The New Sugar Is Monk Fruit

Chinese herb lou han guoMonk Fruit is the newest sugar substitute!  

This unassuming little gord has been part of Chinese medicine for centuries and like so many Chinese herbs,  just recently introduced to Americans.  


What's incredible is this fruit won't raise your blood sugar level. This small gourd is the size of your palm and it’s 300 times sweeter than sugar by weight. 


Grown in southern China, this fruit is  known as Lo Han Guo or Longevity Fruit. It got its name because the communities who ate this for years have an unusually high number of centenarians among them. Their longevity defied the norm, thus the name "Longevity Fruit".


Science now provides us with an insight into the chemical constituients inside this fruit. What makes this fruit so special is a chemical called mogrosides.  In addition to glucose and fructose, which give it a very sweet, sugary flavor is the mogrosides.  Recent research suggests the mogrosides work as an antioxidant that can help prevent cancer and are proving useful for those with Epstein-Barr virus.


The fruit has now been developed into a non-caloric sweetener to compete with other herbal sweeteners such as stevia. (You can find it in our store, since it's rare to find in health food stores, check it out)


The fruit is also high in vitamin C, a small handful of fresh fruit contains 400 mg to 500 mg. Lou Han Guo's real claim to fame comes from over 200 years of use as a Chinese herb for dry cough, dry skin, dry mouth and a throat remedy. Boil it and drink the water as a tea to help sooth a sore throat, stop a dry cough, moisten the mouth and nasal passages and help prevent constipation by moistening the intestines. Chinese medicine researchers have been studying and using this herb for acute bronchitis, tonsillitis and gastritis.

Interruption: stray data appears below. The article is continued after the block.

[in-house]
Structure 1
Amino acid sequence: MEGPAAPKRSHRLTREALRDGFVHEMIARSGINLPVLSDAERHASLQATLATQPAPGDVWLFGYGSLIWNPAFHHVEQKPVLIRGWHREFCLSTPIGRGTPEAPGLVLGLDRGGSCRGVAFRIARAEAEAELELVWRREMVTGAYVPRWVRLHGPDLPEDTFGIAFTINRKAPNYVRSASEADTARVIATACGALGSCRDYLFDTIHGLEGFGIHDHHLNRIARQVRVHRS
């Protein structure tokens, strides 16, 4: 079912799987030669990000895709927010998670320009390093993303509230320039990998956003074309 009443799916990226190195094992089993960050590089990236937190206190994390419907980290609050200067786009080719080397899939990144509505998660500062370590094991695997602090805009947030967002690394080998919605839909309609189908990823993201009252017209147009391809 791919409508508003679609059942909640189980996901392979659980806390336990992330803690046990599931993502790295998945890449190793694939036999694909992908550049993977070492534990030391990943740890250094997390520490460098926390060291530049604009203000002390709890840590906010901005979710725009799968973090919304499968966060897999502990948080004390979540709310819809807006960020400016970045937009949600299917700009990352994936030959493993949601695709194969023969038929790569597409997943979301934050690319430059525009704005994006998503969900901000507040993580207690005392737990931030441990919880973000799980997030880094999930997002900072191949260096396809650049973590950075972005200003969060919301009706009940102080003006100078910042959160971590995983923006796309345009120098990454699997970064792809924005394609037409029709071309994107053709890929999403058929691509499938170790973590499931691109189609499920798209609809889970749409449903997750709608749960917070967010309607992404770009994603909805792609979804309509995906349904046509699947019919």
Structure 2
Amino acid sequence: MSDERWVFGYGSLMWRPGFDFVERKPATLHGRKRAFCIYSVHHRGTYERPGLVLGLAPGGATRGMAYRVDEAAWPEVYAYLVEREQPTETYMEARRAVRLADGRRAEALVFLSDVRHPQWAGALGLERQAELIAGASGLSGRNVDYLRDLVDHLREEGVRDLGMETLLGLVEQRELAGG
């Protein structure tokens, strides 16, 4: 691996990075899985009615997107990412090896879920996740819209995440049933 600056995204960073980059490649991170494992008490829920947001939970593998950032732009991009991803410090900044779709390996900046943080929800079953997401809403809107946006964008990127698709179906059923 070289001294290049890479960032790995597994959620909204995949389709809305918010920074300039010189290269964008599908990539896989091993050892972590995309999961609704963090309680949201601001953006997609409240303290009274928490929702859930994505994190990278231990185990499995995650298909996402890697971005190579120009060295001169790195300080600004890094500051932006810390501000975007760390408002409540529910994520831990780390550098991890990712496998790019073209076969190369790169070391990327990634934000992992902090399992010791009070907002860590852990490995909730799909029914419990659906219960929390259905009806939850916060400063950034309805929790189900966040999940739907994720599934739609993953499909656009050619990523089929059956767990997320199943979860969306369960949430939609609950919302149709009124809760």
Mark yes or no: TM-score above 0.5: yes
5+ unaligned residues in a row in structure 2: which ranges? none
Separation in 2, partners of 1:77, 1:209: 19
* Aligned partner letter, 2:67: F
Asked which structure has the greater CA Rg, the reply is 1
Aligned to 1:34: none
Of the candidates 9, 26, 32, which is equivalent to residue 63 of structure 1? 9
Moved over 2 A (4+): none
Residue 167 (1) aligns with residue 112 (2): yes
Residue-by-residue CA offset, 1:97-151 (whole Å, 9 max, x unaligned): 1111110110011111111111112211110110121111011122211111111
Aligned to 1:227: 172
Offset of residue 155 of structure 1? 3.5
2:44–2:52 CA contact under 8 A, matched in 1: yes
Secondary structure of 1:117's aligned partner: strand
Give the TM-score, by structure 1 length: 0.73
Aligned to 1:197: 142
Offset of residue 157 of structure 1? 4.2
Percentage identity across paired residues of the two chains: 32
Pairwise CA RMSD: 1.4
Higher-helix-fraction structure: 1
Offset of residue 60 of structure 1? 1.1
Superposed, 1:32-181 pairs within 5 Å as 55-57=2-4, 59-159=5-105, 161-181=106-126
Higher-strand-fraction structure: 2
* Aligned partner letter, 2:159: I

You  might find monk fruit in a local Asian market.  It is as common as bananas.  It is small, light brown in color and very light weight. To use as a soothing throat tea you simply crack the gourd, place in a pot with 2-3 cups of water. Simmer it for 30-45 minutes and then strain out the seeds and shell. I find the tea/extract much too sweet to drink without diluting. I often add it to a pitcher of hot or ice tea as a natural sweetener.


You can find lou han guo tea sold in ready to dissolve cubes and Lo Han SweetTM the sugar substiture, here at the Pacific Herbs store.


Just for the record, other names for Lo Han Guo include, Lo Han Kuo, Luo Han Gu, Monk Fruit, Momordica Fruit, Momordicae Grosvenori Fructus, Longevity Fruit, Fairy Fruit and Magic Fruit.


Check out this blog for more uses and receipes with monk fruit